China set to cool off its Growth. An essay about the recent high levels of economic growth in china. Economics

Essay by PHDUniversity, Ph.D.A+, July 2004

download word file, 2 pages 3.4

Downloaded 159 times

China set to cool off its Growth.

China is experiencing large economic growth to the point where it may not be sustainable without equally large inflation. But any reduction in rate of Chinese economy's growth will have little effects on neighboring Asian economies due in part to the current and anticipated growth of both U.S. and Japanese economies anticipated.

It appears that the Chinese government is trying to take preemptive, measures to cool off the "overheated" economy. "There are some signs of overheating," International Monetary Fund chief economist Raghuram Rajan said. The central bank has just tightened credit again and even though this might not be enough to slow the investment rush, it is certainly indicates a general and further tightening with another rise in interest rates probably next in their plans.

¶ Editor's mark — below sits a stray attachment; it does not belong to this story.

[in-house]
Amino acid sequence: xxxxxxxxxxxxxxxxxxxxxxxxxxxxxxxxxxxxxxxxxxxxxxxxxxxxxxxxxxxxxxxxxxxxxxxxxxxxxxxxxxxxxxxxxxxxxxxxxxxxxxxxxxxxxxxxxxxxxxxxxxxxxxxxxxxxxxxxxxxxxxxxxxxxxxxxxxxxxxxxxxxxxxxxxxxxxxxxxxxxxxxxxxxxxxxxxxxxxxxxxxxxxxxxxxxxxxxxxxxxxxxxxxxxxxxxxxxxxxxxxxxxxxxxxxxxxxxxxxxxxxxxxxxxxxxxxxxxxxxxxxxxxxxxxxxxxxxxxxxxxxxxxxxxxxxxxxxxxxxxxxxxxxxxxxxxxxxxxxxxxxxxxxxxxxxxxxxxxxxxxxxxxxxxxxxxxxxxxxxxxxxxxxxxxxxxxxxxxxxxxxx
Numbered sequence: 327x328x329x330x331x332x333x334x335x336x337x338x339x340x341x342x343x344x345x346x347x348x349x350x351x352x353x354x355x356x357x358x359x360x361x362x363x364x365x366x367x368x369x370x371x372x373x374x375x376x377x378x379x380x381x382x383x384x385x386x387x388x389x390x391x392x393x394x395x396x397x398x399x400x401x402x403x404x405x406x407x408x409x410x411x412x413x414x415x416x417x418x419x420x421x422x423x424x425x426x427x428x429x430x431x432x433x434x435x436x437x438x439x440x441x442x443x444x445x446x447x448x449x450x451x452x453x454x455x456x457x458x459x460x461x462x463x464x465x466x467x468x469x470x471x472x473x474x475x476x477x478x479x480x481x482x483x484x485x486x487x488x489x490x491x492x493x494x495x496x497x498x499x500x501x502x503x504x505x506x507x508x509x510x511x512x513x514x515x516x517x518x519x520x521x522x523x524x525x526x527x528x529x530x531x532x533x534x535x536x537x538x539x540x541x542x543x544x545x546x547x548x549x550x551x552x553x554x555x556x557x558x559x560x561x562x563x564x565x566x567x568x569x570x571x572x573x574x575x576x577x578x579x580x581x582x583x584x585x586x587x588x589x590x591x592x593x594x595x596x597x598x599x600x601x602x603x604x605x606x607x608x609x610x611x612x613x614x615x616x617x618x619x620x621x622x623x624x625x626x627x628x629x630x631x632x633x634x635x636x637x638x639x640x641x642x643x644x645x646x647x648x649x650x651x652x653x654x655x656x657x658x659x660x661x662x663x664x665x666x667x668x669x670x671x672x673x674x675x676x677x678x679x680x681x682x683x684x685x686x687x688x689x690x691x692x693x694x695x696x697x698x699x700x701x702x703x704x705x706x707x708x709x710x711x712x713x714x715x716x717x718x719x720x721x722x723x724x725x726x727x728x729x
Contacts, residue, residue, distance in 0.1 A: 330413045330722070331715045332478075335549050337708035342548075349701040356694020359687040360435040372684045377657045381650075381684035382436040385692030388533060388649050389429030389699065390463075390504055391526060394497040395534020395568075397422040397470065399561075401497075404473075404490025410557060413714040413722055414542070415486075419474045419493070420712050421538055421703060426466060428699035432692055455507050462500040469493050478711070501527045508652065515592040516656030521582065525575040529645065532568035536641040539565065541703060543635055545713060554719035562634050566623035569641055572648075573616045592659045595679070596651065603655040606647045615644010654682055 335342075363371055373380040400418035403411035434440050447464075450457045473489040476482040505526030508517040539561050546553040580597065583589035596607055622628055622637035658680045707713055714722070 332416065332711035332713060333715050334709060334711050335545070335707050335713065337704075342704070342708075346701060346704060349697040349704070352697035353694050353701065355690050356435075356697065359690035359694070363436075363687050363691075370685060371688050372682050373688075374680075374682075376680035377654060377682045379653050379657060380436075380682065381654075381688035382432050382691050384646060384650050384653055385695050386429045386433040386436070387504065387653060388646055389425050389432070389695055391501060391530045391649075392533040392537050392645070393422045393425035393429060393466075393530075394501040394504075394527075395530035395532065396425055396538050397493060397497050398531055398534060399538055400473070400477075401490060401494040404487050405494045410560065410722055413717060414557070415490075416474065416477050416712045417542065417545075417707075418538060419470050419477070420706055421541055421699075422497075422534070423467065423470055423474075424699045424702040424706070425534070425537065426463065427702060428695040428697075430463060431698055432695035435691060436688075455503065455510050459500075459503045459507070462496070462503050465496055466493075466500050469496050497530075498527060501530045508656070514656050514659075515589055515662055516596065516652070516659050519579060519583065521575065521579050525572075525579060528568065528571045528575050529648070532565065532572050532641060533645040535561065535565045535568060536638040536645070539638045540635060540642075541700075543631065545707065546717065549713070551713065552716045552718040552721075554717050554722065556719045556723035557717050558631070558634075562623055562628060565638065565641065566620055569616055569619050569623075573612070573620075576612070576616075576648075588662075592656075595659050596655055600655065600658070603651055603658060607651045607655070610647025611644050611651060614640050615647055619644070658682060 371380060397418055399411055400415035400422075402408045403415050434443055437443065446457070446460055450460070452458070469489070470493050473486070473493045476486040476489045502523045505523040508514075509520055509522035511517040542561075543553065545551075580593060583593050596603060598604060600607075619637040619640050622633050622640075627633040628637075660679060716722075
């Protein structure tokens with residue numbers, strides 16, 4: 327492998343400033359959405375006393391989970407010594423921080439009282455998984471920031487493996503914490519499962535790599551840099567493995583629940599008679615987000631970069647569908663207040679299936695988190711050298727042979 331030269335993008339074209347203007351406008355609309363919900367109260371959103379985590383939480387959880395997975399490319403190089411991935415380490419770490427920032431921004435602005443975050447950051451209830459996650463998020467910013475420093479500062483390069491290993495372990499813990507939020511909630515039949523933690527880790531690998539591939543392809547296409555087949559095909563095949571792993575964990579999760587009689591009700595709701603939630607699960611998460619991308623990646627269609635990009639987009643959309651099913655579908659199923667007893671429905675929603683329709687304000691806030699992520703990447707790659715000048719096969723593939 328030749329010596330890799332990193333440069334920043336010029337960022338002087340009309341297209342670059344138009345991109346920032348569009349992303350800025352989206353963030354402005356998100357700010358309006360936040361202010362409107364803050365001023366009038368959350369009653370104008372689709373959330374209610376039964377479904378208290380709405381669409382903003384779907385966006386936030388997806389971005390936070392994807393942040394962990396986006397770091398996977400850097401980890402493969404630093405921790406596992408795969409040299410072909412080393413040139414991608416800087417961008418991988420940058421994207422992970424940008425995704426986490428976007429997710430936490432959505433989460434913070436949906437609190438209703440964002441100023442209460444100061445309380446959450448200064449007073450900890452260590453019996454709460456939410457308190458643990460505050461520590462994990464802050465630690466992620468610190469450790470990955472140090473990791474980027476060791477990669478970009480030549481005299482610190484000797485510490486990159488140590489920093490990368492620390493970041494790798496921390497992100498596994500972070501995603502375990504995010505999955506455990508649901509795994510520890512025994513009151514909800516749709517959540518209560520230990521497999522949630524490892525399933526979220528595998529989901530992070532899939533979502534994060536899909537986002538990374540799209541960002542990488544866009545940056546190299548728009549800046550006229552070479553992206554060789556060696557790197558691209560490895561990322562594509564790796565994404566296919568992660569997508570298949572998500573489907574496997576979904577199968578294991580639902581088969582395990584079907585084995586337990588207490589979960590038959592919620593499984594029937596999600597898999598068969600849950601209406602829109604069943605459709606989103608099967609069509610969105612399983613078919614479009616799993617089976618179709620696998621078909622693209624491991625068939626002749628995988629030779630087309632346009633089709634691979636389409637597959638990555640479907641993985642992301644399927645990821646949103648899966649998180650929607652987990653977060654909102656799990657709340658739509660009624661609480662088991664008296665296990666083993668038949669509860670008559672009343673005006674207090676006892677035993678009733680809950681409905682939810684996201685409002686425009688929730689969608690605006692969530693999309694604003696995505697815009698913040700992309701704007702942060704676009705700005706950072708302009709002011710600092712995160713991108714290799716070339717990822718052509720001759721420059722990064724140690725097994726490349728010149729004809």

If China increase their interest rates this will mean that they are effectively decreasing their money supply which will effectively lower the quantity demanded of Chinese currency Yuen.

One of the major limitations with such policy adaptations is the lag time associated with implementation and recognition. It may be not until mid 2005 that the effect of these changes is seen.

There is a risk of a reoccurrence of the bursting of the bubble of investment that occurred in the Asian crisis in recent years.

China has fixed exchange rates which are artificially held below market value, Capital markets are essentially deregulated and are currently experiencing a boom in foreign and domestic investment, the interest rates and banking system are being controlled by the government and the level of offshore financial borrowing is high.

China has many problems. With growth accelerating, their economy is in danger of overheating, which could generate inflation. The banking system is weighed down by between 40% and 50% of nonperforming loans, financiers...